Seminars Abroad Nepal - On Site

UC Davis Study Abroad, Seminar Abroad Nepal, Community, Technology, and Sustainability in Nepal Program, Header Image, On Site Page

Nepal—Community, Technology, and Sustainability


In Kathmandu

Students will be staying at a hotel in shared rooms with attached bathrooms in the heart of Kathmandu.  The hotel is located near many restaurants/tea houses grocery stores, shops, and banks.

In Machhapuchhre

Students will be staying primarily in a hotel with hostel-like accommodations (doubles, triples, hostel rooms with shared bathrooms).  For two nights in Machhapuchhre, students will have a homestay with a Nepalese family. 


Breakfast, lunch, and dinner will be provided for students during the program dates.

Excursions and Day Trips

Participants will visit key cultural and historical locations in Kathmandu and Pokhara, local university campuses, Nepalese NGO leaders and government officials focused on community development, and neighborhoods and villages associated with collaborative project activities. We will traverse the middle hills countryside while traveling between Kathmandu and Pokhara by bus and in day hikes and village walks in Machhapuchhre.

Study Abroad Advisory of Student Risk

Participation in this UC Davis Study Abroad program requires travel to and extended living in a foreign location(s) abroad. UC Davis Study Abroad endeavors to reduce and mitigate risk wherever possible.  However, the environments and risks associated with living in these locations are substantially different than those found during a regular course of study at UC Davis. All participants must download and review the following information prior to departure. Any questions should be directed to the Program Coordinator.

Study Abroad General Risk Advisory

Program Specific Risk Advisories (PDF)

About Nepal

Nepal has been described as a “yam between two boulders” referring to its dynamic geographic, political, and cultural location between Tibet (currently occupied by China) and India. Within only 200 miles, Nepal stretches from the sub-tropical forests and lush farm land of the Gangetic Plain to the Himalaya, the highest mountains in the world. Its diverse topographic landscapes are home to a vast array of ethnic and cultural groups; over 120 languages are spoken among its 26 million inhabitants, who practice a mosaic of religions including Hinduism, Buddhism, Islam, Christianity, and Shamanism.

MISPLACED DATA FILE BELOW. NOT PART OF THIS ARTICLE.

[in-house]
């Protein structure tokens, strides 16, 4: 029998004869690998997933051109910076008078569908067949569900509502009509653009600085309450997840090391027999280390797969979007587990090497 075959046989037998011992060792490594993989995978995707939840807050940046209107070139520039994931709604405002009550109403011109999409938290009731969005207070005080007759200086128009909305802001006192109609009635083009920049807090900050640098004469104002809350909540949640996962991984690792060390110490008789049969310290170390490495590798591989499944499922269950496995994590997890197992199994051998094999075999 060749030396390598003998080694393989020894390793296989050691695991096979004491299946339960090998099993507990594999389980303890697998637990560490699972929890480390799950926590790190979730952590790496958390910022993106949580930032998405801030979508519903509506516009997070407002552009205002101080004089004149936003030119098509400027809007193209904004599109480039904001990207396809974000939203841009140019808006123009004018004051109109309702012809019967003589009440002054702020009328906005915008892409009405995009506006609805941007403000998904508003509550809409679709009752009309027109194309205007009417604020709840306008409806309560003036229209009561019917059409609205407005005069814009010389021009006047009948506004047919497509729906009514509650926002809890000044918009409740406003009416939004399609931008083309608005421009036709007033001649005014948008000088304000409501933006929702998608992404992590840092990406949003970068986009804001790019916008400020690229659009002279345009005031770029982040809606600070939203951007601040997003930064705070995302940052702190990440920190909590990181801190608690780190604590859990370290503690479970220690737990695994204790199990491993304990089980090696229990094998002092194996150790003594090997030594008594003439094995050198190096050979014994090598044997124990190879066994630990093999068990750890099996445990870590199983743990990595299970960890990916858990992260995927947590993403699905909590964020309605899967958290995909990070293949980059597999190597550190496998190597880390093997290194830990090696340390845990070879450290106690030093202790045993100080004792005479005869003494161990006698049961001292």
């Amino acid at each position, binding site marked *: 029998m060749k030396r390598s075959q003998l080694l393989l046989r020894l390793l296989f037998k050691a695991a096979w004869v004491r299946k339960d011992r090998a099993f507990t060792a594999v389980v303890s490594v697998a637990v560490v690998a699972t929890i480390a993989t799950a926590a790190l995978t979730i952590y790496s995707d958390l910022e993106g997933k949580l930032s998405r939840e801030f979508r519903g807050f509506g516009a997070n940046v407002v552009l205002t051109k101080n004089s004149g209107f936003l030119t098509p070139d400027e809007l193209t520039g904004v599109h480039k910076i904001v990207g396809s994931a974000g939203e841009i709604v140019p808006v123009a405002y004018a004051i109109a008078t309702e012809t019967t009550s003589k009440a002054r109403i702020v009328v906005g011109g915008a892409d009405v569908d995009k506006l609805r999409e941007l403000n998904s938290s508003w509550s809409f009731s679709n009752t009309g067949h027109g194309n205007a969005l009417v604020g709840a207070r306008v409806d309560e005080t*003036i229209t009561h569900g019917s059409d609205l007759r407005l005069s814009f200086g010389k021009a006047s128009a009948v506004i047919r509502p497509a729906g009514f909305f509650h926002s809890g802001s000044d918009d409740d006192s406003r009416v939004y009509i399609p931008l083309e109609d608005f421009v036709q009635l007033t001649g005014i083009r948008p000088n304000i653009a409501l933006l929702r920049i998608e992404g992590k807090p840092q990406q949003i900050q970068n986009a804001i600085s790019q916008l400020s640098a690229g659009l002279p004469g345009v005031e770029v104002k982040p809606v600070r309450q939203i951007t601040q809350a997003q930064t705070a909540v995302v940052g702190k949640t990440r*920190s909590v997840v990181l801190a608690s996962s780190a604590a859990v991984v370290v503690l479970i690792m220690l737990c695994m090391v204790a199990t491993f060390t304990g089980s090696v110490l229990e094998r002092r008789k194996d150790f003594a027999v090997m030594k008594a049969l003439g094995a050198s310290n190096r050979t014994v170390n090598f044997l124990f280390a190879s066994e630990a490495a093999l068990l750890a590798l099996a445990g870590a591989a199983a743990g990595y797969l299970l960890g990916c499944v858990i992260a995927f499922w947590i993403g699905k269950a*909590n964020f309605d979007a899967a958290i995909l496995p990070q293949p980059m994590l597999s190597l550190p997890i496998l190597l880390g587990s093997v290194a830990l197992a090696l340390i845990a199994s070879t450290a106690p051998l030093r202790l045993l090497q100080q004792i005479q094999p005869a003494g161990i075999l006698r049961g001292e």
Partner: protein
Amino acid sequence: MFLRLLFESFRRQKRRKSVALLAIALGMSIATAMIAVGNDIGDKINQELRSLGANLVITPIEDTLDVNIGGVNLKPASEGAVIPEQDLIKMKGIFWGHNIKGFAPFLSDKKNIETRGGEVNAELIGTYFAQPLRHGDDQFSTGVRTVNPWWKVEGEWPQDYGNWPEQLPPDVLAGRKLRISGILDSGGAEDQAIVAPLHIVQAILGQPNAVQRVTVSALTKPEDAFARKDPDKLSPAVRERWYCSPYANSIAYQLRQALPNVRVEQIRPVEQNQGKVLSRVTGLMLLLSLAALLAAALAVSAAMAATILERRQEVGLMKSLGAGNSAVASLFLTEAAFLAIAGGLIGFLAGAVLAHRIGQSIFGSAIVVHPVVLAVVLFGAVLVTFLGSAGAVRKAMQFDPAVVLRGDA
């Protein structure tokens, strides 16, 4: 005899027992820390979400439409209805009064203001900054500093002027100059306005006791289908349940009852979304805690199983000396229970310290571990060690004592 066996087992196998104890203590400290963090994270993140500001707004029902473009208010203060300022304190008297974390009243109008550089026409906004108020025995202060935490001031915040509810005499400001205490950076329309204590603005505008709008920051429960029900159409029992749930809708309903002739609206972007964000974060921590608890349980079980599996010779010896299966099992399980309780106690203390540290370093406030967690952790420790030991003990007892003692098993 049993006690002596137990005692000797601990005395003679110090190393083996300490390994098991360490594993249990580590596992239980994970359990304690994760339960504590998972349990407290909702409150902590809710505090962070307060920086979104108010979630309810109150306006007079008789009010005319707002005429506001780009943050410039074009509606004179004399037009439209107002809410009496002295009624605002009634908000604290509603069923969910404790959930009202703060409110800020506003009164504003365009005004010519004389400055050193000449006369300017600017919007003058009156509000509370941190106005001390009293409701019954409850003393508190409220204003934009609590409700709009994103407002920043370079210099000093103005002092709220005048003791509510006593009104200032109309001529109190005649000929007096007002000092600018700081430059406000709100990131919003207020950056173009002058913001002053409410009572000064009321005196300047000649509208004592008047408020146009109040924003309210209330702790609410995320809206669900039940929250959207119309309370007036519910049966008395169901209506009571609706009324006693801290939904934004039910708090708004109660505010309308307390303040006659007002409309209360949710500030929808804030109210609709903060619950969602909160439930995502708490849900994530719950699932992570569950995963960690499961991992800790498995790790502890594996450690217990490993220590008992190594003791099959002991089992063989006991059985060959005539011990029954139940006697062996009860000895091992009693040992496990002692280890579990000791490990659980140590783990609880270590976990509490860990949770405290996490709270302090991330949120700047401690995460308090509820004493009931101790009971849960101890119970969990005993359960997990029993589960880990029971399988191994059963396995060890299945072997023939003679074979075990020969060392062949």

With its small-scale agriculture, limited and landlocked transportation networks, and challenges in ensuring that all children have access to formal education, Nepal is one of the poorest nations in the world and faces many unique development problems. Environmental crises related to deforestation, flooding, climate change, and, most recently, a massive earthquake add to the difficulties of sustainable development. Nepal is also a place undergoing many social, political and economic changes. A Hindu Kingdom until the early 2000s, Nepal is now a parliamentary democracy and has a new Constitution. The country has experienced rapid urbanization and surging out-migration of young adults seeking work and/or higher education opportunities abroad.  Information and communication technology has enabled unprecedented national and global linkages, and a new generation is serving as pioneers and ambassadors in this transformation.  Nepal offers exchange students a unique and vibrant context to witness rapid social, political, economic and environmental change and learn from and with young local leaders.

CurrencyNepalese rupee

Primary Language SpokenNepali

Weather and Climate

December is the beginning of the winter season. The average high temperatures are around 59 F reaching highs of 70 F and dropping to an average minimum temperature of 46F.

This period is also ideal for hiking and walking tours as the visibility is better than at other times of the year and there is not the same expectancy of rain as at other times of the year.  Learn More.

Research Your Destination

Keeping in Touch

Since communication options can vary dramatically from country to country, Summer Abroad advises checking with the instructor or the Program Specific Guide for advice about what might be the best option for your particular program.

Calling the U.S. from Abroad